go read this..

(via Google makes us all dumber: The neuroscience of search engines - Salon.com)

bostonreview:

Politics, religion, statistics… here’s everything you’re not supposed to talk about on the first date in one infographic.
Political differencs, rather than a loss of faith, may be pushing Americans away from the church.
Conservatives Are Driving Americans Away From Religion | Claude S. Fischer

bostonreview:

Politics, religion, statistics… here’s everything you’re not supposed to talk about on the first date in one infographic.

Political differencs, rather than a loss of faith, may be pushing Americans away from the church.

Conservatives Are Driving Americans Away From Religion | Claude S. Fischer

neuromorphogenesis:

Post Traumatic Stress (PTS)

Over half a million of our Veterans from Iraq and Afghanistan are suffering from Post Traumatic Stress (PTS). It stopped me in my tracks when one of my patients said, “it can happen once in your life, but one hundred times in your mind.” The echoes linger on… This is a very serious dilemma not only for our nations veterans, but for countless individuals that have experienced any variety of serious trauma in their lives.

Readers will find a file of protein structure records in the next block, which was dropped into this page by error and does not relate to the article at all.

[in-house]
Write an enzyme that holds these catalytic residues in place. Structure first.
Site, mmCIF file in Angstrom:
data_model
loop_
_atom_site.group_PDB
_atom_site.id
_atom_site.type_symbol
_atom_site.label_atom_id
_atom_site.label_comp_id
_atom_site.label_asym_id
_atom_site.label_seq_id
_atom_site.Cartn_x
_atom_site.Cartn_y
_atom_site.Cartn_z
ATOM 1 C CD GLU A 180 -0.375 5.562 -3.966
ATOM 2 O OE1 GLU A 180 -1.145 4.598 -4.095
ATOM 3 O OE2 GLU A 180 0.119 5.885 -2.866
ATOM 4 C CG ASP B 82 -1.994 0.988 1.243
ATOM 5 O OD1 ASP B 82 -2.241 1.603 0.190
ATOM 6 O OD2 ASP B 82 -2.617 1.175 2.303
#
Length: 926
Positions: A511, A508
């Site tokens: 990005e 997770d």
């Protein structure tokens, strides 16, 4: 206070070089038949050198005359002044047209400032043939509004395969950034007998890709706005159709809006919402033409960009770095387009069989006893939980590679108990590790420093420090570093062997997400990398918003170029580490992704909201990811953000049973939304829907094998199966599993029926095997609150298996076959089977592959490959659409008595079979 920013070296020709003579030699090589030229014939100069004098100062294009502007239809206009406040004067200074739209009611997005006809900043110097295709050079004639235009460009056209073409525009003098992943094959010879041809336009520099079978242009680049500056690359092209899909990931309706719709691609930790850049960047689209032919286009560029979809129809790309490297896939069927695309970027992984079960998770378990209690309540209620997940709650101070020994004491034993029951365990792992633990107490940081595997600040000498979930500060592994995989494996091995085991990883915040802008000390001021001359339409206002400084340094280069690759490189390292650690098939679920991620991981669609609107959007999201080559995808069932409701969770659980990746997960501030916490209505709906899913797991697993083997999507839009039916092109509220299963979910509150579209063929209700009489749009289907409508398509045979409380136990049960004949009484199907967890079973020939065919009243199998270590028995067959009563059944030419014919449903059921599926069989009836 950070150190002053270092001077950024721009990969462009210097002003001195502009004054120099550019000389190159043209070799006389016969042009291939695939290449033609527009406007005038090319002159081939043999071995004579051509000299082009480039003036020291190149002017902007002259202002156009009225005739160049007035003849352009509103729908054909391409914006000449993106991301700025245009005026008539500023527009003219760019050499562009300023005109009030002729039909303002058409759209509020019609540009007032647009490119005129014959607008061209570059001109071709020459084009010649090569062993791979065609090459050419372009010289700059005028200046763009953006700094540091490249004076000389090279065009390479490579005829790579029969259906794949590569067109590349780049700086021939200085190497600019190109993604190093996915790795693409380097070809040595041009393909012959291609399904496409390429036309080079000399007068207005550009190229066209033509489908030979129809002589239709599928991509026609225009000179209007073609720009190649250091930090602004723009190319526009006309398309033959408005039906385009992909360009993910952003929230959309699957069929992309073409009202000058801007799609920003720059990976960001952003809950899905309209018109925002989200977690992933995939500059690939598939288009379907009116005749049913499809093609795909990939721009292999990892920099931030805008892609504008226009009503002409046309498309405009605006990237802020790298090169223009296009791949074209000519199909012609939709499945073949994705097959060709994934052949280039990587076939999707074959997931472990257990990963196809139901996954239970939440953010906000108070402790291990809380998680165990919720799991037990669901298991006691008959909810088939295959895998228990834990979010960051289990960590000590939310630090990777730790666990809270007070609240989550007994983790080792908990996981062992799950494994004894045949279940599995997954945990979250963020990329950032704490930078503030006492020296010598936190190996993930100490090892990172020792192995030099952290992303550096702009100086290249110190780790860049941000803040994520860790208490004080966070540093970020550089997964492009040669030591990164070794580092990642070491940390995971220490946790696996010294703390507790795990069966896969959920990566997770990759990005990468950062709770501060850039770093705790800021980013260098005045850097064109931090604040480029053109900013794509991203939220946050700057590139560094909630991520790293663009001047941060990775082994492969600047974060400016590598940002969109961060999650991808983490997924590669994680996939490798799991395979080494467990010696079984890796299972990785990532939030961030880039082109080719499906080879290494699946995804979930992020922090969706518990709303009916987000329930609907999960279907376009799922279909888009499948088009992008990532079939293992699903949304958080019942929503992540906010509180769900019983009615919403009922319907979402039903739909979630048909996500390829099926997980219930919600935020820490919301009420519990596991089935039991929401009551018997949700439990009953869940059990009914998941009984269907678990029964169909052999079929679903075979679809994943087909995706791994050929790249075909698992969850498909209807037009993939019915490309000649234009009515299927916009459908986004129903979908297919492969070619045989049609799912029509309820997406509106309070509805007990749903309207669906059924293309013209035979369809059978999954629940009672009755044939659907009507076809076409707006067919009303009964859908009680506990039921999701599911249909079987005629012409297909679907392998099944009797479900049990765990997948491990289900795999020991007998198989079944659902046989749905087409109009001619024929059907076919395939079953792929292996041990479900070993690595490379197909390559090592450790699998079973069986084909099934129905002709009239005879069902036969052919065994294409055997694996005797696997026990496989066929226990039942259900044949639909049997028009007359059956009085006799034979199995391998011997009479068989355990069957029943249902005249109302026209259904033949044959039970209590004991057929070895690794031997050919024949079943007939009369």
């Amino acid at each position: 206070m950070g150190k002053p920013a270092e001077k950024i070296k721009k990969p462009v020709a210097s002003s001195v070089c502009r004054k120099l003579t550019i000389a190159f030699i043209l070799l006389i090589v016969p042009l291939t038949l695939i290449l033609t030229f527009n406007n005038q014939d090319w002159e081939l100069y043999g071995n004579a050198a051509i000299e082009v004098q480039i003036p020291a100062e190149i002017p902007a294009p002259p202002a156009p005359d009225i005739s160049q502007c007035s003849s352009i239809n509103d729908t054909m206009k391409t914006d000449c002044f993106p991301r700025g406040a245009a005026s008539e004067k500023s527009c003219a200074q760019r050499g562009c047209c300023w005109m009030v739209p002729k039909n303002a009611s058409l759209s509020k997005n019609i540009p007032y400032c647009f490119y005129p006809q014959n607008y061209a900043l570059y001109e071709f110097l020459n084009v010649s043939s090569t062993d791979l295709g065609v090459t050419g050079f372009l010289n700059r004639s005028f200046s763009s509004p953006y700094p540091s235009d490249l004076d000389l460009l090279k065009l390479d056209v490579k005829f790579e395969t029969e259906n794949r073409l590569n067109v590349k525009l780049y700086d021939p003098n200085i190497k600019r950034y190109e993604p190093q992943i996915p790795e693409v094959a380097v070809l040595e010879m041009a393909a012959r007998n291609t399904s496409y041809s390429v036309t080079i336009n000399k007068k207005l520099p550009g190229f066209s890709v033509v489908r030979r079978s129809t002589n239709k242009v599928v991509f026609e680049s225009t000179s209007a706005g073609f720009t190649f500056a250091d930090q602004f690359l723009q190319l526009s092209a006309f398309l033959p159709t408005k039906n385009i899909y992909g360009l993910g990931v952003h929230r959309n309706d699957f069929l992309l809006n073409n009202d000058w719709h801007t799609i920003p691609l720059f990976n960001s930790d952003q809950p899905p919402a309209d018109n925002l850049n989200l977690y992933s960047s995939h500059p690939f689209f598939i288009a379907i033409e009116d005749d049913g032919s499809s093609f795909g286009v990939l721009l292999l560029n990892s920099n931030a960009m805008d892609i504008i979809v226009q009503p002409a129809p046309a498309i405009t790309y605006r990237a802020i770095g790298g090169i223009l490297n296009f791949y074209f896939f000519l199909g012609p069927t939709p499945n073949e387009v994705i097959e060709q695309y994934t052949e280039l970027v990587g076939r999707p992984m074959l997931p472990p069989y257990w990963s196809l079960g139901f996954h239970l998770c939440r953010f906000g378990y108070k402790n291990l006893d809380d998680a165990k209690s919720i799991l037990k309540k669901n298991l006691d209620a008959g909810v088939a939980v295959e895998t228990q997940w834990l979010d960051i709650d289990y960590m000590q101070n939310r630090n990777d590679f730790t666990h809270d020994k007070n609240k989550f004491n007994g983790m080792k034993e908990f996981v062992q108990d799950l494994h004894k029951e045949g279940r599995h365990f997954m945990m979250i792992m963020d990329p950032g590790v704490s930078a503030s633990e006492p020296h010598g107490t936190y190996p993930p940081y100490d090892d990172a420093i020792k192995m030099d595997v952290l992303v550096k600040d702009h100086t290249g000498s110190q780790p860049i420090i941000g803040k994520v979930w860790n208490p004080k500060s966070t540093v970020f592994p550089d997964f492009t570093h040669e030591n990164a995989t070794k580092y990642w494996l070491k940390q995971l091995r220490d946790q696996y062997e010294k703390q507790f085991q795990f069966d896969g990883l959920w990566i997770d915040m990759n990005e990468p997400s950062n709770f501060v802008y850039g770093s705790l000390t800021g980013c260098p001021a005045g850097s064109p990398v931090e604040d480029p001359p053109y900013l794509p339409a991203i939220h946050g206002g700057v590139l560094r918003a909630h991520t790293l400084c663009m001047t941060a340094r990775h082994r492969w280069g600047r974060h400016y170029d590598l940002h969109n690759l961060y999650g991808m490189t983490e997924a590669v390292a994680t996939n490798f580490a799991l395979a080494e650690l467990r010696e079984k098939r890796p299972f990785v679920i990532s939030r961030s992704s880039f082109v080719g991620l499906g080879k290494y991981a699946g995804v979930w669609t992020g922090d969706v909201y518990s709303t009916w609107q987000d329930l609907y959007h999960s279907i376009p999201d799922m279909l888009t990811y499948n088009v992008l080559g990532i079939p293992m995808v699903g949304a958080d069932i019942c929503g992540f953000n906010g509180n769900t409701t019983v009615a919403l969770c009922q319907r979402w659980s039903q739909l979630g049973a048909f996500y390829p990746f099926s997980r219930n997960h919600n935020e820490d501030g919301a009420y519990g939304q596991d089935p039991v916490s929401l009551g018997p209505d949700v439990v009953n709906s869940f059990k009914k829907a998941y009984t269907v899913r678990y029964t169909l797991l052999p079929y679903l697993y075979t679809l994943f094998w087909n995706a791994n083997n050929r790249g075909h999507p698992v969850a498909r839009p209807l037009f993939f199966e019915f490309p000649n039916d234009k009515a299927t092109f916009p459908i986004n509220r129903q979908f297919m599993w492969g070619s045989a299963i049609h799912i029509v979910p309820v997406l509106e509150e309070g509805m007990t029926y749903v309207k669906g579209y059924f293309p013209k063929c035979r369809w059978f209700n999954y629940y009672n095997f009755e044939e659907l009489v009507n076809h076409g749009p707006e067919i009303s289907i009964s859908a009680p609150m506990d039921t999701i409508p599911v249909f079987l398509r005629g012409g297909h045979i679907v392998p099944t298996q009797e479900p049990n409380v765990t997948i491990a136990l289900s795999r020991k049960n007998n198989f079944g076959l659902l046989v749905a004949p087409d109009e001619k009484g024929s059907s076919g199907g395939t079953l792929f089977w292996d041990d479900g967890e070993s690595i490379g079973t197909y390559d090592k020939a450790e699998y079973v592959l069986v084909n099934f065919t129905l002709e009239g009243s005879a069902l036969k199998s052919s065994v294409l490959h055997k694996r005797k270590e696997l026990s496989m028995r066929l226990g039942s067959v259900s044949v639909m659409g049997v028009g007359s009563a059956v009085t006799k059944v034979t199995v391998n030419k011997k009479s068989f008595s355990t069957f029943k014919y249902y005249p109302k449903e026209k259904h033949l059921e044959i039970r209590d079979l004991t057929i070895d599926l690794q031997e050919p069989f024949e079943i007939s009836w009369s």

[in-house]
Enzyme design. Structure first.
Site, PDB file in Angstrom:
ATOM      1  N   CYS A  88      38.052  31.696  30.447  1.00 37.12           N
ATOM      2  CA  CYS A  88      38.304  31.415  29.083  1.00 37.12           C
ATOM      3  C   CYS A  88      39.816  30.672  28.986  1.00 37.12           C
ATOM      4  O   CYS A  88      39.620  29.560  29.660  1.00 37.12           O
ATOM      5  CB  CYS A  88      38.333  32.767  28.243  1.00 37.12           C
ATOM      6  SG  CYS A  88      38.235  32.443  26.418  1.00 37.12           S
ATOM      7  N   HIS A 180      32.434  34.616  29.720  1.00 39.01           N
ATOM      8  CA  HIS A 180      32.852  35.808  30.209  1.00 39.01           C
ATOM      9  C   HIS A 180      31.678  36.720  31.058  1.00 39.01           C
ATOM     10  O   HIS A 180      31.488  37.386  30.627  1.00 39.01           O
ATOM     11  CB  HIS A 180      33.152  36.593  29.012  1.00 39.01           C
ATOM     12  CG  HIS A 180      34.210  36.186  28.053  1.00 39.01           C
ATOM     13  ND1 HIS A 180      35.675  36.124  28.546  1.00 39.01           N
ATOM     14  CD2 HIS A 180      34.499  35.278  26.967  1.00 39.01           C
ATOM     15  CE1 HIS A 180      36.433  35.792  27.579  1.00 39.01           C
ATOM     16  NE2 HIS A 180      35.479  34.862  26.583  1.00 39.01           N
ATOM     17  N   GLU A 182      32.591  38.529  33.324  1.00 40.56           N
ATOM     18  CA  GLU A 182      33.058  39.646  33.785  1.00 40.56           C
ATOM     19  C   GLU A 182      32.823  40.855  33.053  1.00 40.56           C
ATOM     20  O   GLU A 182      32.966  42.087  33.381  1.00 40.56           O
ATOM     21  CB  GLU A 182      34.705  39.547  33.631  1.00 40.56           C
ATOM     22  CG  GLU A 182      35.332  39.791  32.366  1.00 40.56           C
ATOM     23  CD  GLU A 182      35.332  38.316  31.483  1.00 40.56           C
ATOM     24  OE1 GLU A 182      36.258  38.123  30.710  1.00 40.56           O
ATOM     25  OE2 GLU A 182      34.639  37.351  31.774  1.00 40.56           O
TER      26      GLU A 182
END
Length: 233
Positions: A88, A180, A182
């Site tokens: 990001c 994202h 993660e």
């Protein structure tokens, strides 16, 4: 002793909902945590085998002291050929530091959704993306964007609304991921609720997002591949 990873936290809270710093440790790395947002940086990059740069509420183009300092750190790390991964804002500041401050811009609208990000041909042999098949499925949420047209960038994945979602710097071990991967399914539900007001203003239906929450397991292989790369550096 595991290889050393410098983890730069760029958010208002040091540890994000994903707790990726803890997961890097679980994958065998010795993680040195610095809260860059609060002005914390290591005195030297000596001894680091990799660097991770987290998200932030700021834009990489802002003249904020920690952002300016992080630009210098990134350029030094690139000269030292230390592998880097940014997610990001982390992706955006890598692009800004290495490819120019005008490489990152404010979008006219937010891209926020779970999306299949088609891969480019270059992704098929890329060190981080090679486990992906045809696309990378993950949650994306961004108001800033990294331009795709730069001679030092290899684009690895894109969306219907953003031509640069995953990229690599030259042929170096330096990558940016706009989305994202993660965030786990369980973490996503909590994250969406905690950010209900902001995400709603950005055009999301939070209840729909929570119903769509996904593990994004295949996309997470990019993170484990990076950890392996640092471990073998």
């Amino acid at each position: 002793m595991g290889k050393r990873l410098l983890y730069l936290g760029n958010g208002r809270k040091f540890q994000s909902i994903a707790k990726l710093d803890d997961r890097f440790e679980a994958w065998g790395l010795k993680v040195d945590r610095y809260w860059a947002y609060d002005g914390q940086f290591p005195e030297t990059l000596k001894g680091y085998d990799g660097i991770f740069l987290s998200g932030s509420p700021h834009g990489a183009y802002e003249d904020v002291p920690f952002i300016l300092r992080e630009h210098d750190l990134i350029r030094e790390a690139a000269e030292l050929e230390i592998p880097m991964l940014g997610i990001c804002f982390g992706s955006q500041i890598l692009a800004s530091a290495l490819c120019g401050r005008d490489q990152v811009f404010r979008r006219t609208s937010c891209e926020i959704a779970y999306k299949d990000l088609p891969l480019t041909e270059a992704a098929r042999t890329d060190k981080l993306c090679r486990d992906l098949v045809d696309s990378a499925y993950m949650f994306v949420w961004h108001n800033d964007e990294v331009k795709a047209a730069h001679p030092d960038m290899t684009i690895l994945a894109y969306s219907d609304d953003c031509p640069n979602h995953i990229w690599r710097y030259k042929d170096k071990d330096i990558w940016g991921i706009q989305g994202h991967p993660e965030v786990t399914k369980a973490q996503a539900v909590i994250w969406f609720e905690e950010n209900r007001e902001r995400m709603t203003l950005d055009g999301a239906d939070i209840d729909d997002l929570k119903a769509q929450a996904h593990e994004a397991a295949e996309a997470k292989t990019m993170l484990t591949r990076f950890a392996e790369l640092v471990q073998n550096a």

Traumatic stress is a type of stress that exists on an entirely different level than that of the stress we encounter on a daily basis. Our bodies do not know how to process the impact that these scarring events have had on us, and in return the impression left on the brain is one that needs healing and recovery to restore its natural state of holistic functioning.

Infographic by - Norman Rosenthal, MD.